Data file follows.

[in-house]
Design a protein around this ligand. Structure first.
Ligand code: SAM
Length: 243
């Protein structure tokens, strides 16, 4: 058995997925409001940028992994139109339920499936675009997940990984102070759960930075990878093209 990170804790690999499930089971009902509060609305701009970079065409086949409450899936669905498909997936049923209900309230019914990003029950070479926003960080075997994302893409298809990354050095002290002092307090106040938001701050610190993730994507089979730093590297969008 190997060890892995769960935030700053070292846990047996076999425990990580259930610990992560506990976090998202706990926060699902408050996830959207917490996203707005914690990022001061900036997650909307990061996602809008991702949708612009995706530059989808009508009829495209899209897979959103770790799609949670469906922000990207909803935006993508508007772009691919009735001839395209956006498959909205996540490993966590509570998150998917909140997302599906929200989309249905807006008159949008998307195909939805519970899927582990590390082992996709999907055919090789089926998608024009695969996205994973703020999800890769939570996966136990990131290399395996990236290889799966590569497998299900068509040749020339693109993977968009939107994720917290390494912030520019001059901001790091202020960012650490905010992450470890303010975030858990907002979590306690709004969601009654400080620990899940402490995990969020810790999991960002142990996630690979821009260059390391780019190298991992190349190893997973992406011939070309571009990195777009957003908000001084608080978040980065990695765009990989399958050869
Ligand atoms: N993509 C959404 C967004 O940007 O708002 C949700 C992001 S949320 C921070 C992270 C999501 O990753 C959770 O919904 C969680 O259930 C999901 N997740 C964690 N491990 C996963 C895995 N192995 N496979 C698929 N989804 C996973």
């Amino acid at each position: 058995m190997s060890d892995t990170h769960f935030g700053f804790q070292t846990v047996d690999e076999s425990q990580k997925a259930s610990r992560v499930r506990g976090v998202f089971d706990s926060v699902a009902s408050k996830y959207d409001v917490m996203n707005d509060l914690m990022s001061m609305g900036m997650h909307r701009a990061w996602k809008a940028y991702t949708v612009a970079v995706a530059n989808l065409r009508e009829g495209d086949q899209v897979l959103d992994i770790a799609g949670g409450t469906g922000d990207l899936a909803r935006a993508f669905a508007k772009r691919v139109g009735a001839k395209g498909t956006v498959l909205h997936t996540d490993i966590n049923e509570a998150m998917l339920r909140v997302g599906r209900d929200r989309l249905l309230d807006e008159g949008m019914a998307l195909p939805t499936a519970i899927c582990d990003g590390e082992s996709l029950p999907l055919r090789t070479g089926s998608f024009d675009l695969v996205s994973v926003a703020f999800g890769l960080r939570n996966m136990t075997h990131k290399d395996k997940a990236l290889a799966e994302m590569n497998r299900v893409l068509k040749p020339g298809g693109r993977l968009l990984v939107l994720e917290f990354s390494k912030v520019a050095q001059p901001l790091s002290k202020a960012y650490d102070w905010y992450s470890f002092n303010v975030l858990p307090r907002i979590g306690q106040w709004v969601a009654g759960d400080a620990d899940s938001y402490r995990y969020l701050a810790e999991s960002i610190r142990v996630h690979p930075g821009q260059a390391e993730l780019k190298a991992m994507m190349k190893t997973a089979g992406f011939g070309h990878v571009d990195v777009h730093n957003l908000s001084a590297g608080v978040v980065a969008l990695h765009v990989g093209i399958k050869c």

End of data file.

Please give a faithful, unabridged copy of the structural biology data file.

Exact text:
[in-house]
Design a protein around this ligand. Structure first.
Ligand code: SAM
Length: 243
């Protein structure tokens, strides 16, 4: 058995997925409001940028992994139109339920499936675009997940990984102070759960930075990878093209 990170804790690999499930089971009902509060609305701009970079065409086949409450899936669905498909997936049923209900309230019914990003029950070479926003960080075997994302893409298809990354050095002290002092307090106040938001701050610190993730994507089979730093590297969008 190997060890892995769960935030700053070292846990047996076999425990990580259930610990992560506990976090998202706990926060699902408050996830959207917490996203707005914690990022001061900036997650909307990061996602809008991702949708612009995706530059989808009508009829495209899209897979959103770790799609949670469906922000990207909803935006993508508007772009691919009735001839395209956006498959909205996540490993966590509570998150998917909140997302599906929200989309249905807006008159949008998307195909939805519970899927582990590390082992996709999907055919090789089926998608024009695969996205994973703020999800890769939570996966136990990131290399395996990236290889799966590569497998299900068509040749020339693109993977968009939107994720917290390494912030520019001059901001790091202020960012650490905010992450470890303010975030858990907002979590306690709004969601009654400080620990899940402490995990969020810790999991960002142990996630690979821009260059390391780019190298991992190349190893997973992406011939070309571009990195777009957003908000001084608080978040980065990695765009990989399958050869
Ligand atoms: N993509 C959404 C967004 O940007 O708002 C949700 C992001 S949320 C921070 C992270 C999501 O990753 C959770 O919904 C969680 O259930 C999901 N997740 C964690 N491990 C996963 C895995 N192995 N496979 C698929 N989804 C996973």
């Amino acid at each position: 058995m190997s060890d892995t990170h769960f935030g700053f804790q070292t846990v047996d690999e076999s425990q990580k997925a259930s610990r992560v499930r506990g976090v998202f089971d706990s926060v699902a009902s408050k996830y959207d409001v917490m996203n707005d509060l914690m990022s001061m609305g900036m997650h909307r701009a990061w996602k809008a940028y991702t949708v612009a970079v995706a530059n989808l065409r009508e009829g495209d086949q899209v897979l959103d992994i770790a799609g949670g409450t469906g922000d990207l899936a909803r935006a993508f669905a508007k772009r691919v139109g009735a001839k395209g498909t956006v498959l909205h997936t996540d490993i966590n049923e509570a998150m998917l339920r909140v997302g599906r209900d929200r989309l249905l309230d807006e008159g949008m019914a998307l195909p939805t499936a519970i899927c582990d990003g590390e082992s996709l029950p999907l055919r090789t070479g089926s998608f024009d675009l695969v996205s994973v926003a703020f999800g890769l960080r939570n996966m136990t075997h990131k290399d395996k997940a990236l290889a799966e994302m590569n497998r299900v893409l068509k040749p020339g298809g693109r993977l968009l990984v939107l994720e917290f990354s390494k912030v520019a050095q001059p901001l790091s002290k202020a960012y650490d102070w905010y992450s470890f002092n303010v975030l858990p307090r907002i979590g306690q106040w709004v969601a009654g759960d400080a620990d899940s938001y402490r995990y969020l701050a810790e999991s960002i610190r142990v996630h690979p930075g821009q260059a390391e993730l780019k190298a991992m994507m190349k190893t997973a089979g992406f011939g070309h990878v571009d990195v777009h730093n957003l908000s001084a590297g608080v978040v980065a969008l990695h765009v990989g093209i399958k050869c």